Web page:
For this contention, the Court said that, they rely on 1997 Supreme Court decision. The 1997case involved birth injuries apparently similar to those sustained by the minor child in this case. As a result of birth-related events causing oxygen deprivation, the child in this 1997 case suffered a focal injury to the basal ganglia, an area of the brain which aids the body in performing “physical functions.” Despite severe physical limitations, testing indicated that he was average or even above average in his cognitive skills. His parents nonetheless sought compensation under the plan, claiming that he was “mentally impaired” within the meaning of section 766.302(2), Florida Statutes (1991). NICA denied coverage, and a hearing was held to determine whether his injury was covered by the plan. At the close of the opinion, the Supreme Court of Florida approved the hearing officer’s conclusion that he had sustained both mental and physical impairment within the meaning of the plan, briefly explaining: We are left with the hearing officer’s finding which is properly predicated on a reading of the statute in the conjunctive that the child is “permanently and substantially mentally and physically impaired and has suffered a `birth-related neurological injury’ within the meaning of section 766.302(2).” Having thoroughly reviewed the record and the hearing officer’s final order, we conclude that it is supported by competent and substantial evidence. Consequently, we disapprove the opinion below to the extent that it misconstrues the plain language of the statute, but approve the result, and direct that the case be remanded to DOAH for a determination of the amount of compensation he is entitled to under the NICA Plan.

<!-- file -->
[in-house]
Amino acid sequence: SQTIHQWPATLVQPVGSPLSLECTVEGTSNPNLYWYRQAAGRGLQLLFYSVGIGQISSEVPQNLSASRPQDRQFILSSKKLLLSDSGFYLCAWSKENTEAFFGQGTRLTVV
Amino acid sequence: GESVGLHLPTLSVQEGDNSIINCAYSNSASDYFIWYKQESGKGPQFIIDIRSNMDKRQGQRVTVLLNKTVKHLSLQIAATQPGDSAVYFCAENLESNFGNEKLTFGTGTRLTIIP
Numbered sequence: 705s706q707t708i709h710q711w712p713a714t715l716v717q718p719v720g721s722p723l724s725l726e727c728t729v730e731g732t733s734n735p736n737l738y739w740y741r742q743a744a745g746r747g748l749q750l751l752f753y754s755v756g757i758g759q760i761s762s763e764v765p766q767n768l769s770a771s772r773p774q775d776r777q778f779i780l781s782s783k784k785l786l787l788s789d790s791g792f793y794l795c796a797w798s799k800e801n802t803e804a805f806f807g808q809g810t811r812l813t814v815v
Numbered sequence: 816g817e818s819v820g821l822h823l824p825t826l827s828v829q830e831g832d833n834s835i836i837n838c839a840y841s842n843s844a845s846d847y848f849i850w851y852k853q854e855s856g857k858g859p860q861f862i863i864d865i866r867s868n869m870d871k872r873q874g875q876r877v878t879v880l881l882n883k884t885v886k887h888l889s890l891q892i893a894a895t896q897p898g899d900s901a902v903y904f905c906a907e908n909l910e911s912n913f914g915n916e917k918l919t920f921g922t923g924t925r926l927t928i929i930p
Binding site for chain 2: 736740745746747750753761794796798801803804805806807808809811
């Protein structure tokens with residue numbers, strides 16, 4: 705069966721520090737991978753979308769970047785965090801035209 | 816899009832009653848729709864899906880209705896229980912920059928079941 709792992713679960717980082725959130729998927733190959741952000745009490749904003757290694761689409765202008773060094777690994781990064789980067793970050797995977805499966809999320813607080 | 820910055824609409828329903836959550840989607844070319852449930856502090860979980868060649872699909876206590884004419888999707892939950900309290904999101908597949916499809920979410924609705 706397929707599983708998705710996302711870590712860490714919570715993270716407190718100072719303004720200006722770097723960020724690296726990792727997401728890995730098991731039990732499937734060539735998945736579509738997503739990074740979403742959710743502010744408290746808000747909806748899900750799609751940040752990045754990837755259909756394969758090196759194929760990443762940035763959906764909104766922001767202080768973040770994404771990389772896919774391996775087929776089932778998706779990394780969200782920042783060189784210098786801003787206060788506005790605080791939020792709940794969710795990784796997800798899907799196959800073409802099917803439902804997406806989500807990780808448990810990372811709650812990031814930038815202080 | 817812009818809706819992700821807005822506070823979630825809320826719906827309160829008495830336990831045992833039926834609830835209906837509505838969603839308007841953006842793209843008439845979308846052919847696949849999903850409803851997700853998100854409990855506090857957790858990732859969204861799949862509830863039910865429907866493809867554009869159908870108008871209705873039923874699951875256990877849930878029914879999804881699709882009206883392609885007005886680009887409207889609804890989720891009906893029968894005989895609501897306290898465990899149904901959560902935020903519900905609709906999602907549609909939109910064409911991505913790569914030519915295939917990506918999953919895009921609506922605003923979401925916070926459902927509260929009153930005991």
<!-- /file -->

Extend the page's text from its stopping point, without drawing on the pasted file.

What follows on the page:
In the case at bar, appellants construe the above-quoted passage from the 1997 case decision to create the definition of “substantial mental impairment” as this phrase is used in NICA. According to appellants, “The 1997 decision added to the definition of substantial mental impairment by effectively adding a requirement that the child be able to translate any cognitive capabilities into adequate learning in a `normal manner.’ “It is apparent, however, that the 1997 case court did not define or redefine “substantial mental impairment.” They simply said that the decision of the ALJ was supported by competent evidence. All this language in the 1997 case suggests is that, under NICA, the identification of a substantial mental impairment may include not only significant cognitive deficiencies but can include, in a proper case, additional circumstances such as significant barriers to learning and social development.

Appellants urge that, although the minor child’s brain injuries have not resulted in cognitive impairment, in the sense that they do prevent her from learning or thinking, they must, as a matter of law, constitute a “mental impairment” within the meaning of the plan because, she will require substantial accommodation in order to translate normal cognitive capabilities into learning. Apart from the evidence adduced and the findings made in this case, there are many other problems with this position. First, as a definition, it is not the plain and ordinary meaning of the undefined statutory term. The 1997 case court made clear that the plain and ordinary meaning of these terms should be applied. Second, it violates the definitional framework approved by the Supreme Court in the 1997 case. ‘The Statute is written in the conjunctive and can only be interpreted to require permanent and substantial impairment that has both physical and mental elements.’